Eddie Guardado       167.0  3.22    22    107.0  4.87    +1.65
Octavio Dotel        188.7  3.24    23    108.7  5.27    +2.03
Shigetoshi Hasegawa  208.7  3.27    24      N/A   N/A      N/A
Luis Ayala           232.3  3.31    25    118.0  5.56    +2.25
Damaso Marte         199.7  3.33    26    169.7  3.37    +0.04
Guillermo Mota       269.7  3.43    27    172.0  5.09    +1.66
Francisco Cordero    223.3  3.45    28    209.0  3.85    +0.40
Justin Duchscherer   184.0  3.45    28     72.0  3.08    -0.37
Salomon Torres       226.0  3.46    30    226.0  4.22    +0.76

So what is a general manager to do if he wants to end up with the Phillies '08 bullpen and not the Mets '08 bullpen? Prayer might help-that, and a gambler's mentality. For though the instability at the top of the reliever corps is great, the pitchers that move onto the list have to come from somewhere. Quite often, they come from the minor leagues, be they prospects or journeymen. This means that a GM's best option is often also his cheapest option. When we examined the top reliever ranks in 2006, we found that from 1975 through 2005 on average the top 50 contained only 20 pitchers who had thrown more than 10 innings in the majors the previous year. This particular form of turnover seems to have slowed in recent years, with only one-fifth of the list yielding to pitchers who, through injury, inexperience, or ineffectiveness, were largely absent from the major leagues the year before.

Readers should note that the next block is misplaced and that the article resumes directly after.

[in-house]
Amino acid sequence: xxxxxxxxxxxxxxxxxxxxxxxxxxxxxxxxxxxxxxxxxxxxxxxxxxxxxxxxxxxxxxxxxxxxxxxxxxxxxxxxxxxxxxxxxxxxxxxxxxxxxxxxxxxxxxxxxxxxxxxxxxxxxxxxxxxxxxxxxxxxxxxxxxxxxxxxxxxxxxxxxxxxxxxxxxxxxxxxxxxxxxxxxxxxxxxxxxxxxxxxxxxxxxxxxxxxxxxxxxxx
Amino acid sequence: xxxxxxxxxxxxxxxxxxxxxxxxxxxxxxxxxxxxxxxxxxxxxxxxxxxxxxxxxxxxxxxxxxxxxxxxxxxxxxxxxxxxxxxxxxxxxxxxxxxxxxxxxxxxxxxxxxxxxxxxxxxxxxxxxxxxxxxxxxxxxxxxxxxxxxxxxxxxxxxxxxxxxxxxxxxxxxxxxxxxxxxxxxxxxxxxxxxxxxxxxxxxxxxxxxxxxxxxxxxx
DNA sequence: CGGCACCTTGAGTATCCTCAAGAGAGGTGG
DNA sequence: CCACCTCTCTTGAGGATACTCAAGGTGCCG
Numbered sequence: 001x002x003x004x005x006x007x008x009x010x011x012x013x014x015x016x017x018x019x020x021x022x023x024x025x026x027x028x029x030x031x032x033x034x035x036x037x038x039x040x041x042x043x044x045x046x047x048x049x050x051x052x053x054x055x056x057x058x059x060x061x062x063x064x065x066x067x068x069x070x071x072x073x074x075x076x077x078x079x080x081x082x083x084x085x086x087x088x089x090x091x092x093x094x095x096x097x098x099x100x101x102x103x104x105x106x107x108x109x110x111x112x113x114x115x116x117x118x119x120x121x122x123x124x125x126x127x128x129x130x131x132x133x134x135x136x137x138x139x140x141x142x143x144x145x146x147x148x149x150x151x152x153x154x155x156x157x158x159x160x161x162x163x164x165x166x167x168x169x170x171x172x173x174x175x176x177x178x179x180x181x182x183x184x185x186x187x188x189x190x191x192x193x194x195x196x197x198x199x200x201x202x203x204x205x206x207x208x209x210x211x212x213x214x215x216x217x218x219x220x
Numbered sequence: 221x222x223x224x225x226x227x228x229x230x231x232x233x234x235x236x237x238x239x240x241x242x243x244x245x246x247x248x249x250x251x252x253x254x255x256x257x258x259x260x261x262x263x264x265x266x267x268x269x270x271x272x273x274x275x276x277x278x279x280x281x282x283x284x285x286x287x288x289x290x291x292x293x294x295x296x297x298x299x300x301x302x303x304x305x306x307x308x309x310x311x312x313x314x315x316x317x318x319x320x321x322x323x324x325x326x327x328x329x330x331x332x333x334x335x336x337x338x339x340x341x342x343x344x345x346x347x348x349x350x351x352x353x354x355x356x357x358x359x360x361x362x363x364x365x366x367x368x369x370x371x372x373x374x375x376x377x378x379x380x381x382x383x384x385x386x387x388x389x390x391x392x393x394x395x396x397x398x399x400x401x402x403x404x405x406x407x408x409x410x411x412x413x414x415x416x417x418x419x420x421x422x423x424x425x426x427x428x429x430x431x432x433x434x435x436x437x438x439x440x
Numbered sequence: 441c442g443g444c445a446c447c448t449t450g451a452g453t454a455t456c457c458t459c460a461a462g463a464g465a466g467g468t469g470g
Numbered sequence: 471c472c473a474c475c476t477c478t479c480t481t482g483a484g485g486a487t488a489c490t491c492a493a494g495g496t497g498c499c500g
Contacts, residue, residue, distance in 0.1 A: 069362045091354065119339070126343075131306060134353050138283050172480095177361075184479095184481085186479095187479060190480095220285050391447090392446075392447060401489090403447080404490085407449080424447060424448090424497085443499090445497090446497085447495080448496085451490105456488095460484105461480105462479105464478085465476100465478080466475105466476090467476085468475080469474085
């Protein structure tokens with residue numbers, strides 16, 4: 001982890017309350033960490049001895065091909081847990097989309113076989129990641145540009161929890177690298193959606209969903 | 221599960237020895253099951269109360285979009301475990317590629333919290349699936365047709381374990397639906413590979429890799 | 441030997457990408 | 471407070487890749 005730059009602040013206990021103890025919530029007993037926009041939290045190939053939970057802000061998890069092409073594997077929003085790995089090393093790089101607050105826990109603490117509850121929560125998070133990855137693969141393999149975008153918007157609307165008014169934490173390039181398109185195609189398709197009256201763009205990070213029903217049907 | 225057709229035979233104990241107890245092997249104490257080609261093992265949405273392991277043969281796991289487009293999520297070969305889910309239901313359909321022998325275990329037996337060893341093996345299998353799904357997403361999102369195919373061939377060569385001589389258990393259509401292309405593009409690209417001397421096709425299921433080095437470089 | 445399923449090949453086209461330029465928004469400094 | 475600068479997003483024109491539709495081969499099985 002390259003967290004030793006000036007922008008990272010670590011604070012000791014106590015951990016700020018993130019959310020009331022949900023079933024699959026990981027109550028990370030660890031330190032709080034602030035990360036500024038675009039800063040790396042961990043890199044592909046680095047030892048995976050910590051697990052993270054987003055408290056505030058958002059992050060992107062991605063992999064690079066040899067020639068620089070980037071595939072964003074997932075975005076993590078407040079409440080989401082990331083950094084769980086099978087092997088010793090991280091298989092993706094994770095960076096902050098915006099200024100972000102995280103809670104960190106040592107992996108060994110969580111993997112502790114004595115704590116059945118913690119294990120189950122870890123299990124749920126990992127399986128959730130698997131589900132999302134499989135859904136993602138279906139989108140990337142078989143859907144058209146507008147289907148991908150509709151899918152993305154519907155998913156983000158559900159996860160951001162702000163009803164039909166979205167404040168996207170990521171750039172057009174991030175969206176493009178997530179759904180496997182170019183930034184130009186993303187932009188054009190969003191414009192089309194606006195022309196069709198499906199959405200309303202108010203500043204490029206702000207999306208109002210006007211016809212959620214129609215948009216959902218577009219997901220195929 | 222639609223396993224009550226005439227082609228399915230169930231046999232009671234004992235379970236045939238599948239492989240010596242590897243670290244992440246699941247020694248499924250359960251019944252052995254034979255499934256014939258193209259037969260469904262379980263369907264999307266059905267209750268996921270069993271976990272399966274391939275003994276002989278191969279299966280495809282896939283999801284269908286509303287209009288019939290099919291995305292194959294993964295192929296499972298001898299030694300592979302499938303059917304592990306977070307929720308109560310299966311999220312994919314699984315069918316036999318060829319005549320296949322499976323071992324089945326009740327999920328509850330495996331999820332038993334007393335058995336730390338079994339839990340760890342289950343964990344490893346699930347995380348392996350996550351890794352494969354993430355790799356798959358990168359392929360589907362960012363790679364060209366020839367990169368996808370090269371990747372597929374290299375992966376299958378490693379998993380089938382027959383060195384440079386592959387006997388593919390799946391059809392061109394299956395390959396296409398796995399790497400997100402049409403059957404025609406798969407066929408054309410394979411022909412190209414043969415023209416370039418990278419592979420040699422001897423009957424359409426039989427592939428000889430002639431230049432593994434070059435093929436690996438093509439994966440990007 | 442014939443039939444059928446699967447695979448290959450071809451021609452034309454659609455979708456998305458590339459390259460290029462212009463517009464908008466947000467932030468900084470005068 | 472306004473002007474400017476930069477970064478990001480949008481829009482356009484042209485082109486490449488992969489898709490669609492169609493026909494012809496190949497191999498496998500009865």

Standard reliever statistics contain almost as much noise as signal. Their ERAs indicate little, their saves totals not much more, as any Indians fan who saw Joe Borowski lead the AL in saves in 2007 can tell you. Even more indicative statistics, like hits- and strikeouts-to-innings pitched ratios, are subject to enormous fluctuation due to the increased bearing of luck on pitchers who throw only 50 to 90 innings per year. No team has ever bought a great bullpen. Those come about through luck-one or two front-line arms are backed by a series of second-line, bargain-bin refugees who happen to click behind them. Alternatively, you can hope that the Yankees let you have Mariano Rivera, or failing that, some hapless GM deals you Chad Qualls for Jose Valverde. It's not as glamorous a solution, but that's the whole point.

A version of this story originally appeared on ESPN Insider Insider.

Steven Goldman is an author of Baseball Prospectus. 
Click here to see Steven's other articles. You can contact Steven by clicking here